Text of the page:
Ernest F. Imhoff, a retired Baltimore newspaper editor recalled as “the heart and soul of The Evening Sun,” died Wednesday of complications of pneumonia at the Springwell Retirement Community. The former Bolton Hill resident was 84.
Curious about newspapers as a child, he bought all the dailies he could find and methodically pursued a newspaper job. After arriving in Baltimore in 1963, he went on to be a father figure and counselor to dozens of reporters during his lengthy newspaper career.
“Ernie was the heart and soul of The Evening Sun,” said Larry Carson, a reporter Mr. Imhoff hired in 1969. “He was always the most decent, hardworking, levelheaded and yet fun person to work with.”
“He was always thinking about other people. I’ve seen him spend hours counseling staff members who were upset or in crisis, but he was also always ready to laugh,” Mr. Carson said.
Michael Himowitz, a former Sun editor and reporter, said: ”Ernie was an old-fashioned journalist who had high standards of reporting. Whatever job he was given to do at The Evening Sun he did, willingly — and with a high standard.”
Born in Jamaica in the New York City borough of Queens, he was the son of Carl Imhoff, a German immigrant and photographic film accountant, and his wife, Martha Ziegler, who was also born in Germany and operated a nursery school. The family moved to Williamstown, Massachusetts. He was a 1955 graduate of Mount Hermon High School.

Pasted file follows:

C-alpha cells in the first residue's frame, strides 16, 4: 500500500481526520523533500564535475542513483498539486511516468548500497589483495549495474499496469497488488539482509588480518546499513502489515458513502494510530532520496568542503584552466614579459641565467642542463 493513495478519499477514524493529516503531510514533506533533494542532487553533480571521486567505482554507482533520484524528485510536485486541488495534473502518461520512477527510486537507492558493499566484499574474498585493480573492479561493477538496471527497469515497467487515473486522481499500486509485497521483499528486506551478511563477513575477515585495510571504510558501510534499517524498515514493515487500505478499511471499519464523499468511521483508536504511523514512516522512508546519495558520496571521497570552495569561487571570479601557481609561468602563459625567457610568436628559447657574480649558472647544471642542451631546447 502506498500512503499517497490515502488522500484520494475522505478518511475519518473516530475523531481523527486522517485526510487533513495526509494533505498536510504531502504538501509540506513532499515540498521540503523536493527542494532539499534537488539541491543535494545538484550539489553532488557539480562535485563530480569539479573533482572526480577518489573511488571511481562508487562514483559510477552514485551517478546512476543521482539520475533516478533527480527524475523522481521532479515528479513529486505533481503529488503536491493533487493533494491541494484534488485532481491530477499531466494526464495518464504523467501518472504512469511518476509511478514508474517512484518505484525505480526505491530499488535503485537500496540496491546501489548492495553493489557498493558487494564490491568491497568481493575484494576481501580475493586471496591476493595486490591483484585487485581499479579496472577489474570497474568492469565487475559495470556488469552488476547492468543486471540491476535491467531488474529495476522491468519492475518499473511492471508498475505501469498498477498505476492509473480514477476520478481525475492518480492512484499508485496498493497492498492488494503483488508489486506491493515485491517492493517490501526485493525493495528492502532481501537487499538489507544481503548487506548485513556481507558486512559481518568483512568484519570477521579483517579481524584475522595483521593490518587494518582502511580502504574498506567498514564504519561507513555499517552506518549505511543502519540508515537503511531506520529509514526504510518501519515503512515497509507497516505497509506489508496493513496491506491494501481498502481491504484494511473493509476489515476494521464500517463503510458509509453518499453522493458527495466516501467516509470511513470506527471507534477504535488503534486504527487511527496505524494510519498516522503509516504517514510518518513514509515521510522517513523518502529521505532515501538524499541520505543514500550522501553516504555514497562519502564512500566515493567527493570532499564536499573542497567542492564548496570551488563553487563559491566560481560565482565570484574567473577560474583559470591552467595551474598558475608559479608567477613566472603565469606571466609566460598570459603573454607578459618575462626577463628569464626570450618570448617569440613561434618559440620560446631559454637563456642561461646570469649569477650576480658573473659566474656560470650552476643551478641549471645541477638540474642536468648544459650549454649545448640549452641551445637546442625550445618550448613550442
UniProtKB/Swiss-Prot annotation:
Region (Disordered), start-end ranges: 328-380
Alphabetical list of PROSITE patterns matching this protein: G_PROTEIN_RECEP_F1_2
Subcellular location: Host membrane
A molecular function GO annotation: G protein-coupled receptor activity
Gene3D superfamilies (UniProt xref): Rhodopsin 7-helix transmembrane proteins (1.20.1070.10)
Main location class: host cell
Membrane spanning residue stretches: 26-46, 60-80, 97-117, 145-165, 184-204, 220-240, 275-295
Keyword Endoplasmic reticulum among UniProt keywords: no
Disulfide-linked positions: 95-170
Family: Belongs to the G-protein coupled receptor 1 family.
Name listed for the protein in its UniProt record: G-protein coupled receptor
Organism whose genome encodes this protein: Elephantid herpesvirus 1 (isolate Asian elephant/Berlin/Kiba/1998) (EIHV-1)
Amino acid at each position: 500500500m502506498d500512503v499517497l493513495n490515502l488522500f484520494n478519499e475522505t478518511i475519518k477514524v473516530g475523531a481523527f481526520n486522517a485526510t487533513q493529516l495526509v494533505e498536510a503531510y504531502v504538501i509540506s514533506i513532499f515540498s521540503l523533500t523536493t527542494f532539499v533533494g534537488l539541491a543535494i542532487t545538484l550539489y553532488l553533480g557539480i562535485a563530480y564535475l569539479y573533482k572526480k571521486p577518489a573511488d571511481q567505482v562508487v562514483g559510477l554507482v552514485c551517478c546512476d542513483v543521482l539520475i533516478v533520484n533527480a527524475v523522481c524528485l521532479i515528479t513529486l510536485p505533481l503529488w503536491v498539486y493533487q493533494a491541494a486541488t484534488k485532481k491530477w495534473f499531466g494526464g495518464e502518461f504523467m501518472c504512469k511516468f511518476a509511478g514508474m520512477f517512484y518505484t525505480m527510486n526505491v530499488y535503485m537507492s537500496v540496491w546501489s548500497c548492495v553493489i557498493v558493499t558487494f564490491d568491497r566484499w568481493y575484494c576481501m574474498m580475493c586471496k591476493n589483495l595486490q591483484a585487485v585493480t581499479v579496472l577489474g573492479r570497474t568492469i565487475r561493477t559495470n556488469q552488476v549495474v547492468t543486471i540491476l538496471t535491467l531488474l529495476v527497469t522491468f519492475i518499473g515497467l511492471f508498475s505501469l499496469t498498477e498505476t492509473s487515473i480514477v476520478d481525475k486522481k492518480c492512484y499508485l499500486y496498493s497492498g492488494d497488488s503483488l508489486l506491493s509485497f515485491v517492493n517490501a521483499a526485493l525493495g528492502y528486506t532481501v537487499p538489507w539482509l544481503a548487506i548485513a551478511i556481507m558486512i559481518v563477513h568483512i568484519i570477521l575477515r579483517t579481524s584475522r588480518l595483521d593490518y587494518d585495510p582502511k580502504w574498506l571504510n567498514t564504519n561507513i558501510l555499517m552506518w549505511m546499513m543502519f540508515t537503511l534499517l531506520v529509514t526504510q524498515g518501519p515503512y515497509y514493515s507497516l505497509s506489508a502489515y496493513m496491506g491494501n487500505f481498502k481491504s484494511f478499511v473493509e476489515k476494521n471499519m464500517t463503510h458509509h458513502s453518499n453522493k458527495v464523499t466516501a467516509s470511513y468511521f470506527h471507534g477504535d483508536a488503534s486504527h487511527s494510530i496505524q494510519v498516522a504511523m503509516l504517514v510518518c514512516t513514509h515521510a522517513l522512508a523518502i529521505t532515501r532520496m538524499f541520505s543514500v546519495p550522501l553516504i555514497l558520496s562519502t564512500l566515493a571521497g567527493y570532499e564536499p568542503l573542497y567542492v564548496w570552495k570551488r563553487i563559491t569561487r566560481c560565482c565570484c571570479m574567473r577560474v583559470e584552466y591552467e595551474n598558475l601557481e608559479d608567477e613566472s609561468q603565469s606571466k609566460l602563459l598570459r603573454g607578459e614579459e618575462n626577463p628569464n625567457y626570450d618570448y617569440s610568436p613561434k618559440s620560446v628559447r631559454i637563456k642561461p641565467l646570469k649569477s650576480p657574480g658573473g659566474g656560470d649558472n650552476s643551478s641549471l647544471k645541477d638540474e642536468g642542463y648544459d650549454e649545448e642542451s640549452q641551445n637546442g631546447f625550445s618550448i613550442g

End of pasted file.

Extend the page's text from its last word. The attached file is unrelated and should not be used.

He earned a degree in German literature at Williams College and worked on the school’s newspaper. He received the school’s Benedict Prize for German. He was a member of the Delta Kappa Epsilon fraternity.
He later received a master’s degree in journalism from Columbia University.
In early 1961, he met his future wife, Hilda Klingaman, on a blind date at her home in Albany, New York. They married in 1962.
He joined The Evening Sun in Baltimore on Sept. 3, 1963, and moved to Bolton Street. He soon became the paper’s space science and medical reporter, and covered the launch of the Apollo 11 mission.
In 1969, he was named city editor of The Evening Sun. He said at that time, “This is probably the best job I’ll ever have.” He was named assistant managing editor in 1973.
“Ernie was one of my first mentors as a journalist. He hired me as an intern at The Evening Sun and, years later, after he retired and I became editor, he continued to guide me, reaching out to offer news tips, words of encouragement and ways for our staff to do better journalism,” said Trif Alatzas, publisher and editor-in-chief of The Baltimore Sun. “Many of our alumni remain fiercely loyal to The Sun and Ernie took that seriously. Even in retirement he was a terrific sounding board and cheerleader for all the great work done here. We will miss his optimism and enthusiasm.”
Candy Thomson, a former news and sports reporter, said: “Ernie was both a newsroom authority figure and one of the sly insurrectionists against authority. He might scold you about breaking a company policy, but he would include in his talk a way for you to avoid future trouble if he thought the rule was stupid, too. You listened to him because he listened to you.”
She recalled his upbeat personality.
“He had a roaring, all-encompassing laugh that he used to great effect, whether it was to break the tension on a tight newsroom deadline or to interrupt the fear in the middle of a driving rain, sleet, snowstorm — with lightning — on the side of a mountain,” she said of their times in the newspaper office and of the mountain hikes they took.
“Ernie had the uncanny ability to forget the most unpleasant parts of a trail until — years later — you were dangling 1,000 feet above a ravine, your hands reaching for the hiker above and Ernie with his shoulder supporting your butt,” Ms. Thomson said. “‘Oh, yeah,’ you’d hear from below. ‘This is the part where my kids started crying.’”